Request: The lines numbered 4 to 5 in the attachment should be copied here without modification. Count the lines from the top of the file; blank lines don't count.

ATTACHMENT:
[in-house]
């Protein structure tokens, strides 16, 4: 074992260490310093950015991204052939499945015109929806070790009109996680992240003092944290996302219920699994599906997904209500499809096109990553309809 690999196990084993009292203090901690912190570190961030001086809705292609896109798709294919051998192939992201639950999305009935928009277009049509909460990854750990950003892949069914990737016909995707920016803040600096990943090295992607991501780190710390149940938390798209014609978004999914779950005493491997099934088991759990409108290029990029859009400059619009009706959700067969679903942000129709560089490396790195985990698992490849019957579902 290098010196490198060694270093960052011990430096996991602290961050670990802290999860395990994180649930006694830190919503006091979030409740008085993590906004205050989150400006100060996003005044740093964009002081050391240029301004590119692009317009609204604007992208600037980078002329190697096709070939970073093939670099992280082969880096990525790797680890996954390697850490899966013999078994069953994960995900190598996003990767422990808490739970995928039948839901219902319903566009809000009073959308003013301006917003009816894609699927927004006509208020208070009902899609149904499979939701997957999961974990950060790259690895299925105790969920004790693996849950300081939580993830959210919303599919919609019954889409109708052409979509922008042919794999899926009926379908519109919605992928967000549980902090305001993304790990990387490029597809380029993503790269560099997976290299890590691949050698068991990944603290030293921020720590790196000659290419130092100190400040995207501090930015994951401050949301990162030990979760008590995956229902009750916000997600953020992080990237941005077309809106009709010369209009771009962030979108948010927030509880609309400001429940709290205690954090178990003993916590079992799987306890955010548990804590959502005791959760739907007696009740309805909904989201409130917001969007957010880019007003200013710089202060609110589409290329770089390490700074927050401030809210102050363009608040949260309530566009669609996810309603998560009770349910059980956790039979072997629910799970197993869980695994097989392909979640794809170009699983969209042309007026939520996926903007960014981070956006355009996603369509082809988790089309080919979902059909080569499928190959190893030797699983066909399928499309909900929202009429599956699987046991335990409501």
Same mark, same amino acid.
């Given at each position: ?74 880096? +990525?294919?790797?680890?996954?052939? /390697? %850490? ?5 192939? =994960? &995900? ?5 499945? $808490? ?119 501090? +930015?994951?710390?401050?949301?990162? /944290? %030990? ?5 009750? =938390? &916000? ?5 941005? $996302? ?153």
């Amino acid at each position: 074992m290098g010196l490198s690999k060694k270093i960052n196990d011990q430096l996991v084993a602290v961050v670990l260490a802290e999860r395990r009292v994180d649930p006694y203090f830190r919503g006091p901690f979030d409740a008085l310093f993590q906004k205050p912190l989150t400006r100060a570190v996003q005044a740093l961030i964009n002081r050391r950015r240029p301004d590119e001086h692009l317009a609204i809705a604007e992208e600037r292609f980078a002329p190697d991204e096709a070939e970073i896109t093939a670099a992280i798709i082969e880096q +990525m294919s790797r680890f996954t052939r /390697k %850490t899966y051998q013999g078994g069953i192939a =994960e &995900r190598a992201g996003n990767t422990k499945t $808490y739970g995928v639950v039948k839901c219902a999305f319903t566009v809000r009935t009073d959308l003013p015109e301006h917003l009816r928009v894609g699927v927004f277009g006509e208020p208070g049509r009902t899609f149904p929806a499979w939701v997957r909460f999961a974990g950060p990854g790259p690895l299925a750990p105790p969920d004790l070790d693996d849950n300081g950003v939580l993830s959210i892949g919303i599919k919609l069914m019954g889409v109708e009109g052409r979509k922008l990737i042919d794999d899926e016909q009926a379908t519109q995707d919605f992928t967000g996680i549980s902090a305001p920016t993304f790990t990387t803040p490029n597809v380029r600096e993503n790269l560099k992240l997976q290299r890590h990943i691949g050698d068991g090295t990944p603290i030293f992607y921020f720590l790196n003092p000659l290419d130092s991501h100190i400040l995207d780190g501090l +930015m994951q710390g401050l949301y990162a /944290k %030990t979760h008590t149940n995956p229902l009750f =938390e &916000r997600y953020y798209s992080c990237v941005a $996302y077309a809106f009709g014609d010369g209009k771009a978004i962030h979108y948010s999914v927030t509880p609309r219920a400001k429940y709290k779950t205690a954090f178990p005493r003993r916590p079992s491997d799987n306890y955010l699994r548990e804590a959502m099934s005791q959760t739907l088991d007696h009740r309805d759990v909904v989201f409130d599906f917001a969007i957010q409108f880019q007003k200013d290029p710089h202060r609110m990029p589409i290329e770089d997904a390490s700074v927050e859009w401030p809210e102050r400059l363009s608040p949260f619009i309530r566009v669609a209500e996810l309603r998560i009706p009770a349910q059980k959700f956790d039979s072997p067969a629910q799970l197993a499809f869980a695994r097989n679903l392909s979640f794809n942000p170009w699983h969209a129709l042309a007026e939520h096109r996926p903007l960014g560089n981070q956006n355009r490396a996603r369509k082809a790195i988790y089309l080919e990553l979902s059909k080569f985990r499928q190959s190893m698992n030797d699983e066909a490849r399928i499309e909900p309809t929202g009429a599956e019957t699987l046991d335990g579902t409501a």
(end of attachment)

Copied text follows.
């Given at each position: ?74 880096? +990525?294919?790797?680890?996954?052939? /390697? %850490? ?5 192939? =994960? &995900? ?5 499945? $808490? ?119 501090? +930015?994951?710390?401050?949301?990162? /944290? %030990? ?5 009750? =938390? &916000? ?5 941005? $996302? ?153």
């Amino acid at each position: 074992m290098g010196l490198s690999k060694k270093i960052n196990d011990q430096l996991v084993a602290v961050v670990l260490a802290e999860r395990r009292v994180d649930p006694y203090f830190r919503g006091p901690f979030d409740a008085l310093f993590q906004k205050p912190l989150t400006r100060a570190v996003q005044a740093l961030i964009n002081r050391r950015r240029p301004d590119e001086h692009l317009a609204i809705a604007e992208e600037r292609f980078a002329p190697d991204e096709a070939e970073i896109t093939a670099a992280i798709i082969e880096q +990525m294919s790797r680890f996954t052939r /390697k %850490t899966y051998q013999g078994g069953i192939a =994960e &995900r190598a992201g996003n990767t422990k499945t $808490y739970g995928v639950v039948k839901c219902a999305f319903t566009v809000r009935t009073d959308l003013p015109e301006h917003l009816r928009v894609g699927v927004f277009g006509e208020p208070g049509r009902t899609f149904p929806a499979w939701v997957r909460f999961a974990g950060p990854g790259p690895l299925a750990p105790p969920d004790l070790d693996d849950n300081g950003v939580l993830s959210i892949g919303i599919k919609l069914m019954g889409v109708e009109g052409r979509k922008l990737i042919d794999d899926e016909q009926a379908t519109q995707d919605f992928t967000g996680i549980s902090a305001p920016t993304f790990t990387t803040p490029n597809v380029r600096e993503n790269l560099k992240l997976q290299r890590h990943i691949g050698d068991g090295t990944p603290i030293f992607y921020f720590l790196n003092p000659l290419d130092s991501h100190i400040l995207d780190g501090l +930015m994951q710390g401050l949301y990162a /944290k %030990t979760h008590t149940n995956p229902l009750f =938390e &916000r997600y953020y798209s992080c990237v941005a $996302y077309a809106f009709g014609d010369g209009k771009a978004i962030h979108y948010s999914v927030t509880p609309r219920a400001k429940y709290k779950t205690a954090f178990p005493r003993r916590p079992s491997d799987n306890y955010l699994r548990e804590a959502m099934s005791q959760t739907l088991d007696h009740r309805d759990v909904v989201f409130d599906f917001a969007i957010q409108f880019q007003k200013d290029p710089h202060r609110m990029p589409i290329e770089d997904a390490s700074v927050e859009w401030p809210e102050r400059l363009s608040p949260f619009i309530r566009v669609a209500e996810l309603r998560i009706p009770a349910q059980k959700f956790d039979s072997p067969a629910q799970l197993a499809f869980a695994r097989n679903l392909s979640f794809n942000p170009w699983h969209a129709l042309a007026e939520h096109r996926p903007l960014g560089n981070q956006n355009r490396a996603r369509k082809a790195i988790y089309l080919e990553l979902s059909k080569f985990r499928q190959s190893m698992n030797d699983e066909a490849r399928i499309e909900p309809t929202g009429a599956e019957t699987l046991d335990g579902t409501a």